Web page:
East Asian Film Noir : Transnational Encounters and Intercultural Dialogue
Film noir has been understood as a genre exclusive to Hollywood. But classical US noir's downbeat sensibility also finds expression in later films from Japan, South Korea and greater China (including Hong Kong) and Taiwan that have both participated in and been excluded from circuits of global-noir traffic, past and present. Noir is a form of generic expression, an international filmic sensibility and a discourse loosely joining innumerable texts and a range of production and reception phenomena. However defined and categorized, the genre offers a compelling frame through which to view individual works, looming political and cultural contexts, film industry and reception activity, and wider circuits and frictions of global screen-media flow.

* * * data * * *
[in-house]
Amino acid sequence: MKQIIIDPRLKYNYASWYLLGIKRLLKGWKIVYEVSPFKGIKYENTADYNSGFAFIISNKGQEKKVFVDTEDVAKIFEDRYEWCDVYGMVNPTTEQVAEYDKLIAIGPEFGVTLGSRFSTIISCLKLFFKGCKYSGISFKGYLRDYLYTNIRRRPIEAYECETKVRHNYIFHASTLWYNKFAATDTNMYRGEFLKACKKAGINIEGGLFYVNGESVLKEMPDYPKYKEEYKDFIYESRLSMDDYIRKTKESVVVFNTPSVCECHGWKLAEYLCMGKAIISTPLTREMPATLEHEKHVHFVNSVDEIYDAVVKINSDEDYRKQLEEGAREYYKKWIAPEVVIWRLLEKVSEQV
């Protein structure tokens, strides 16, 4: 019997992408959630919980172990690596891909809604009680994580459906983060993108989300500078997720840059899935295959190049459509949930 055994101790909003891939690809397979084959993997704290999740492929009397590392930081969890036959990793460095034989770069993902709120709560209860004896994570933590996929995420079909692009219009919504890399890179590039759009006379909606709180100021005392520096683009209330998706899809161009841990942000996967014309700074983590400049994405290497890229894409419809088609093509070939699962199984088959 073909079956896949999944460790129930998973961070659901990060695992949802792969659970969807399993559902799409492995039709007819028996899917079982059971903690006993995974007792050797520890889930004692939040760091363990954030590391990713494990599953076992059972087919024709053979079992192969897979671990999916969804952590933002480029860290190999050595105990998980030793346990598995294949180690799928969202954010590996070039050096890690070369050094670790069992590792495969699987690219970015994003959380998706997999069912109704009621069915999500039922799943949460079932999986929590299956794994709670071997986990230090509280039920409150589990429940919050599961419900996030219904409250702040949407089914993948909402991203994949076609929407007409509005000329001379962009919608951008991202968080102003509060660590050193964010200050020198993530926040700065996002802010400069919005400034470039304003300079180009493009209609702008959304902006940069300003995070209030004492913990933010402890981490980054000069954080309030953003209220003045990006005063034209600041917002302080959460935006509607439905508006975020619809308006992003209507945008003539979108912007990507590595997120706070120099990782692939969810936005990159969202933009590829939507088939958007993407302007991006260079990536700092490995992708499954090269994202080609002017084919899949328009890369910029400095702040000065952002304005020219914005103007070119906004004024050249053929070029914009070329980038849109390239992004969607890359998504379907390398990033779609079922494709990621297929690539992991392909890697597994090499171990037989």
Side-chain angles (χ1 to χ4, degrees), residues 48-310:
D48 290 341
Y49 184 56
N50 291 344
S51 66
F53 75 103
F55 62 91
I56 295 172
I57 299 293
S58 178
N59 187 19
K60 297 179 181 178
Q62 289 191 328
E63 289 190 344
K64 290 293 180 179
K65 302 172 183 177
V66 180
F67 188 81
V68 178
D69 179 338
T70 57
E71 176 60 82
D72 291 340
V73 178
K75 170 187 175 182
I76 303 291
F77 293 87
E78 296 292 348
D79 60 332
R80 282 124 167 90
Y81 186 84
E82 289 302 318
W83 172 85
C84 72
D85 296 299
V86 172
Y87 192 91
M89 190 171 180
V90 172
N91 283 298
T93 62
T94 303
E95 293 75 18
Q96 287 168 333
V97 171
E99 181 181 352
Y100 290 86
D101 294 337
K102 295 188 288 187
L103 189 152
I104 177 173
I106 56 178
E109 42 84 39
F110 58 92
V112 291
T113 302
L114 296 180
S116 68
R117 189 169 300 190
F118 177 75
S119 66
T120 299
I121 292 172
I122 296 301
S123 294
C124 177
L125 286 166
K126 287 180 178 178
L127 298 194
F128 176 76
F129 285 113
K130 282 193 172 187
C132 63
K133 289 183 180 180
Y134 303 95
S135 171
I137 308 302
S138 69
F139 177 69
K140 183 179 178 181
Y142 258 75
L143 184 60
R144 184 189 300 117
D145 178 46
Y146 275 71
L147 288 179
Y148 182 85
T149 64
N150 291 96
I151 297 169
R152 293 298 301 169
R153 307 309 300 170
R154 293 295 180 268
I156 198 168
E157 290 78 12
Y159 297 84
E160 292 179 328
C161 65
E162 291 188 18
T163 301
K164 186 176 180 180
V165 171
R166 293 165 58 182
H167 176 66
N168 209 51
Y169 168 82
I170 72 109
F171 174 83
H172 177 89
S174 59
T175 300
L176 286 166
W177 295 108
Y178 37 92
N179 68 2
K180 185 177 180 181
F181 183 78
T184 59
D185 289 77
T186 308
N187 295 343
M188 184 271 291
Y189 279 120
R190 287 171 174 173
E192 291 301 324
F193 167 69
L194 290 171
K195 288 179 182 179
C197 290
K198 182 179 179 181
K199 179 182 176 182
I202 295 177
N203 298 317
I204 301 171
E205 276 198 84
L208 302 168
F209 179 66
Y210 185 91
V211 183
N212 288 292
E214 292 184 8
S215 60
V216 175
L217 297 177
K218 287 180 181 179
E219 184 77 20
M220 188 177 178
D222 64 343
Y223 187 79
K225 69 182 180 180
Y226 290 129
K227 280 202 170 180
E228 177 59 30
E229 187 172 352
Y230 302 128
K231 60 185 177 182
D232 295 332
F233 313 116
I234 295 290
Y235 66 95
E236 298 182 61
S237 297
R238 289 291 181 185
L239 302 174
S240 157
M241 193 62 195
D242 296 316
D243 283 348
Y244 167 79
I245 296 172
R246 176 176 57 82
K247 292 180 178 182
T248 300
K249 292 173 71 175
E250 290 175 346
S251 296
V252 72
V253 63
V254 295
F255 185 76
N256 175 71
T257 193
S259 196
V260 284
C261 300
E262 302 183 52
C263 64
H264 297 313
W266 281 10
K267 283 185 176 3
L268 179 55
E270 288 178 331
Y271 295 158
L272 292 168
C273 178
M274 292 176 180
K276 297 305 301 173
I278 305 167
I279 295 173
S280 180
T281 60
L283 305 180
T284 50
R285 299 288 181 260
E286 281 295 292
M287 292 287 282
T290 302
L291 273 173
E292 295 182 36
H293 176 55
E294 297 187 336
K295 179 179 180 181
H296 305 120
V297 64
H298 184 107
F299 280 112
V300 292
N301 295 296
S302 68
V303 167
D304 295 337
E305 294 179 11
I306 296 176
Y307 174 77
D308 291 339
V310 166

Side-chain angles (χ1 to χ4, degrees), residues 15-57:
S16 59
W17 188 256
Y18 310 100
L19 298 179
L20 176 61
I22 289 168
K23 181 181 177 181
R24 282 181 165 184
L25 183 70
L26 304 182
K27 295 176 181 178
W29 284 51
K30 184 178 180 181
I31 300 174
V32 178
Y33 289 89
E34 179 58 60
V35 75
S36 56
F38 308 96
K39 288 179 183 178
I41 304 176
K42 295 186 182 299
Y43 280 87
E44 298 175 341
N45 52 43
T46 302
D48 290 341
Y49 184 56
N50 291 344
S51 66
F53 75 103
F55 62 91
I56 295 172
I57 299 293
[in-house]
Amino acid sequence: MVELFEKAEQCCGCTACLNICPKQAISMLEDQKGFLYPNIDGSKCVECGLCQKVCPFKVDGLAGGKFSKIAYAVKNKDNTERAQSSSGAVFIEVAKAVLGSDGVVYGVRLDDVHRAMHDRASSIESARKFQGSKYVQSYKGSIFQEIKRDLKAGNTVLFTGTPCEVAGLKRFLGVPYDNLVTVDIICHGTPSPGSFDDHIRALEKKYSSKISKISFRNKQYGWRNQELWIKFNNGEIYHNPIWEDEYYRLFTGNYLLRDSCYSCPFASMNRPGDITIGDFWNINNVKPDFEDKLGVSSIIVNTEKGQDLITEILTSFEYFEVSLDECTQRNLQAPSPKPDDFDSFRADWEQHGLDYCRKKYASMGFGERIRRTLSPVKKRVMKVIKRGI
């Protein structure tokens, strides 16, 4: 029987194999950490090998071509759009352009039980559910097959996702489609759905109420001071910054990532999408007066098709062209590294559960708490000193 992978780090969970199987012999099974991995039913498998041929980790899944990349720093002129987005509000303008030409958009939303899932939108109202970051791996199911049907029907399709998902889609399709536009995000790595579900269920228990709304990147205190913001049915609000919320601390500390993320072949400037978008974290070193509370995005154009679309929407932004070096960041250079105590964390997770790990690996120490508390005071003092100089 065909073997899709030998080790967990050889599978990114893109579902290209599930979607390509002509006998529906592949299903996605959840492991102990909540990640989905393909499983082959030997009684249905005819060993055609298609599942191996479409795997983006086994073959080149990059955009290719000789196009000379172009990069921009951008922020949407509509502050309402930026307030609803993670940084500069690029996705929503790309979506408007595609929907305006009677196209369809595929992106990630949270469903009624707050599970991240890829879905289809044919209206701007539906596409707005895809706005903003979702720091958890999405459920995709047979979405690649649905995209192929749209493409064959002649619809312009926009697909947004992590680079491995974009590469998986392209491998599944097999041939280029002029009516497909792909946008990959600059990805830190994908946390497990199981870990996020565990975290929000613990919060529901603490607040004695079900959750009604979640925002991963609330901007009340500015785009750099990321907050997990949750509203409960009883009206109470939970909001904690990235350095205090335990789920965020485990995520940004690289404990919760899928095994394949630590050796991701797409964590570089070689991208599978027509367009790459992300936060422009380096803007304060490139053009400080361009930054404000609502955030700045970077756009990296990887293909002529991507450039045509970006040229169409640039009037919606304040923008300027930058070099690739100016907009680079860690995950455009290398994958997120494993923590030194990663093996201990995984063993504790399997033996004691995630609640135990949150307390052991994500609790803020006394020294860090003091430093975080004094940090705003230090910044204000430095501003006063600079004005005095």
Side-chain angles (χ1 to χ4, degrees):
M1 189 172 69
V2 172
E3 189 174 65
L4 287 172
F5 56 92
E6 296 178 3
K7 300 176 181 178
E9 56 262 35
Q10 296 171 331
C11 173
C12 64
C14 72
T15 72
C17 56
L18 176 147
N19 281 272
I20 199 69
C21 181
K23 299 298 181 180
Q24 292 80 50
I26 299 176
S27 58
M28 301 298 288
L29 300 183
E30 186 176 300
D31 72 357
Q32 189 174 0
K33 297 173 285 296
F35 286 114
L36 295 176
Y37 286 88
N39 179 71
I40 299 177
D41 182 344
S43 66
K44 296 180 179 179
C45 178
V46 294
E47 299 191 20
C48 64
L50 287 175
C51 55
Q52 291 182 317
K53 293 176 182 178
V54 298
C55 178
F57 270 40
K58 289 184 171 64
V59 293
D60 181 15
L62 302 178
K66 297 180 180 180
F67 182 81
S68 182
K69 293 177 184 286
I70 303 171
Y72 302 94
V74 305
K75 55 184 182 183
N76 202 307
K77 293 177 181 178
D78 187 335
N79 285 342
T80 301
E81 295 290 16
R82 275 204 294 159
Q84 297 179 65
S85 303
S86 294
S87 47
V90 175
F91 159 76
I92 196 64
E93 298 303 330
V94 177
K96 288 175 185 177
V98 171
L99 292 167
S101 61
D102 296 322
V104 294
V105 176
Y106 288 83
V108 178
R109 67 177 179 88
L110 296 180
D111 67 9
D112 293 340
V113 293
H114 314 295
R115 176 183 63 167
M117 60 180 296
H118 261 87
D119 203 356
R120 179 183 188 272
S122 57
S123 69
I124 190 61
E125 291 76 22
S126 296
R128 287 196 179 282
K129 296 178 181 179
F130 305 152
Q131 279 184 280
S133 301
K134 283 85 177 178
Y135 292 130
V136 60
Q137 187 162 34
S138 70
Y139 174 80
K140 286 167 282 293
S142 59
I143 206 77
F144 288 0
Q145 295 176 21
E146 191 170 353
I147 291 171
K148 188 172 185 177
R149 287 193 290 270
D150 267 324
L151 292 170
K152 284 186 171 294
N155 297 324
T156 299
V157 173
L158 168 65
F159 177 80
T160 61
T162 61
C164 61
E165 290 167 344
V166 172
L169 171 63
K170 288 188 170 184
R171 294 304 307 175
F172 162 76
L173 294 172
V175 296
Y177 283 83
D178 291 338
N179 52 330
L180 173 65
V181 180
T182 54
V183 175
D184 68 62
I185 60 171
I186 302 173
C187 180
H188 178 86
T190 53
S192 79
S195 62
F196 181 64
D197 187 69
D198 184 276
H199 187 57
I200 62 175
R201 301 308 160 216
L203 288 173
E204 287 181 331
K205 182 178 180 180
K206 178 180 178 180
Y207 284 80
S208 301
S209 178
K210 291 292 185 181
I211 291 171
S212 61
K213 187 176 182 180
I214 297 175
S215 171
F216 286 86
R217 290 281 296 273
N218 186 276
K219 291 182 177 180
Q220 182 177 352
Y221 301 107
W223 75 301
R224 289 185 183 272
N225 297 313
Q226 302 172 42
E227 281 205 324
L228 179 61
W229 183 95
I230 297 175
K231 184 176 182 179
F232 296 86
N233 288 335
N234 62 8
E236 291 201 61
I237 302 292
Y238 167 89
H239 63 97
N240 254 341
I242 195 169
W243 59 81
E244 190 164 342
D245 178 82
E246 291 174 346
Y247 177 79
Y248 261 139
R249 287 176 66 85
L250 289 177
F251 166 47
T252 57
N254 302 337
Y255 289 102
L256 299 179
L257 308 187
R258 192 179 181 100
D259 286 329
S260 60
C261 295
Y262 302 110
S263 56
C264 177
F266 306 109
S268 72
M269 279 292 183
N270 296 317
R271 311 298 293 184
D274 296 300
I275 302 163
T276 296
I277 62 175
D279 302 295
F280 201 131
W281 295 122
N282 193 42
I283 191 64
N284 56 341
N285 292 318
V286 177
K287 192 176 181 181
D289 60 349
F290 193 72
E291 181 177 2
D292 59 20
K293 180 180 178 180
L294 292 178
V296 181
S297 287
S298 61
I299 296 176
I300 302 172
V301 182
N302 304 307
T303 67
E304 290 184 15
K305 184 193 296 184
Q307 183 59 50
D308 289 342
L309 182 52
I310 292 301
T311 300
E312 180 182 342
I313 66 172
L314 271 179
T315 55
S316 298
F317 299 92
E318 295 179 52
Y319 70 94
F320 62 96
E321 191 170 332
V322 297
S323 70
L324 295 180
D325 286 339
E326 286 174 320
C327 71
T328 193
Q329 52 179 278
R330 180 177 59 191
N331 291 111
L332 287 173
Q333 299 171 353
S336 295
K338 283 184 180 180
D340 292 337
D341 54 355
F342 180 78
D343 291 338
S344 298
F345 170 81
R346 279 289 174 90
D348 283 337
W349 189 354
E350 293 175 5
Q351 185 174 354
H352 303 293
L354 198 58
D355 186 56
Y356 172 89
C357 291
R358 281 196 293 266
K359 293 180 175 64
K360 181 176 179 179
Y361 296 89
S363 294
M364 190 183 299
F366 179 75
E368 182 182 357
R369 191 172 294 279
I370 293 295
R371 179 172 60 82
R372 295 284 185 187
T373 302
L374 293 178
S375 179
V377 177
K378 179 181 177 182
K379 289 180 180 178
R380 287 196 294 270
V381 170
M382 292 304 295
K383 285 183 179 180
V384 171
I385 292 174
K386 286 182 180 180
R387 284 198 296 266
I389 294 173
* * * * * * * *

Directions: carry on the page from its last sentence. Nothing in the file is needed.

This anthology looks at a range of East Asian films from the 1950s to the present – including The Crimson Kimono, Brother, Ghost in the Shell, Nowhere to Hide, Duelist and Rebels of the Neon God - that have been explicitly framed as film noir or East Asian noir, or that acquire legibility as noir texts through reception discourse and other critical activity. Contributors look at historical and contemporary cases to understand the terms on which national, regional and transnational cinemas conceive artistic expression. Their conceptualization and articulation of an internationally situated 'East Asian film noir' helps raise questions around the politics of representation, authorial activity, generic and modal positioning and local and cross-cultural reception.